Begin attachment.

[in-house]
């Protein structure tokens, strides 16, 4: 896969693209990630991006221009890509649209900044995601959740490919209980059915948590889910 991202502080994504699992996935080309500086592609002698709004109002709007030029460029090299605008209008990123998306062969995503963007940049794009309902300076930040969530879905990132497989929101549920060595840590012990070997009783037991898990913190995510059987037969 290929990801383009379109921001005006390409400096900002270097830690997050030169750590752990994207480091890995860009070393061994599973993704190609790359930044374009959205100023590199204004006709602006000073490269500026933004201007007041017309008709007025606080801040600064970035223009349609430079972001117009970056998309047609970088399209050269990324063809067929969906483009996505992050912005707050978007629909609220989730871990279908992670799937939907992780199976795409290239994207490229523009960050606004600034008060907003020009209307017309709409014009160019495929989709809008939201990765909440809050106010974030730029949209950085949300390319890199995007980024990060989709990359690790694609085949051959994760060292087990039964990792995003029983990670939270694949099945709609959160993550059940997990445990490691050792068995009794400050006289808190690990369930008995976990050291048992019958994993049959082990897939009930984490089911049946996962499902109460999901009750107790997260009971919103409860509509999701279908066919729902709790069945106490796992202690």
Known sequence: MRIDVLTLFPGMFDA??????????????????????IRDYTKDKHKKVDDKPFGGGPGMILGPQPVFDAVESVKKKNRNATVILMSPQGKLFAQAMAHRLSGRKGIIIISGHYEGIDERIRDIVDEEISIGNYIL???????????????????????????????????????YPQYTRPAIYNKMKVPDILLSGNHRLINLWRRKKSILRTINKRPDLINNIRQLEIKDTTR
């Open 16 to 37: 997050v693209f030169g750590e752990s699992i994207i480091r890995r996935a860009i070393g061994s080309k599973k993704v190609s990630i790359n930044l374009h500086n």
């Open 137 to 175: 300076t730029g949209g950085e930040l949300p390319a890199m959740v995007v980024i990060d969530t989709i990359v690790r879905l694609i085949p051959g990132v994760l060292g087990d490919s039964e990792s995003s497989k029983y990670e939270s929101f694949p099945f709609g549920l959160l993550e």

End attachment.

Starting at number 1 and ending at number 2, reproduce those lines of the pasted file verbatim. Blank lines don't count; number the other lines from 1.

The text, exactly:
[in-house]
């Protein structure tokens, strides 16, 4: 896969693209990630991006221009890509649209900044995601959740490919209980059915948590889910 991202502080994504699992996935080309500086592609002698709004109002709007030029460029090299605008209008990123998306062969995503963007940049794009309902300076930040969530879905990132497989929101549920060595840590012990070997009783037991898990913190995510059987037969 290929990801383009379109921001005006390409400096900002270097830690997050030169750590752990994207480091890995860009070393061994599973993704190609790359930044374009959205100023590199204004006709602006000073490269500026933004201007007041017309008709007025606080801040600064970035223009349609430079972001117009970056998309047609970088399209050269990324063809067929969906483009996505992050912005707050978007629909609220989730871990279908992670799937939907992780199976795409290239994207490229523009960050606004600034008060907003020009209307017309709409014009160019495929989709809008939201990765909440809050106010974030730029949209950085949300390319890199995007980024990060989709990359690790694609085949051959994760060292087990039964990792995003029983990670939270694949099945709609959160993550059940997990445990490691050792068995009794400050006289808190690990369930008995976990050291048992019958994993049959082990897939009930984490089911049946996962499902109460999901009750107790997260009971919103409860509509999701279908066919729902709790069945106490796992202690």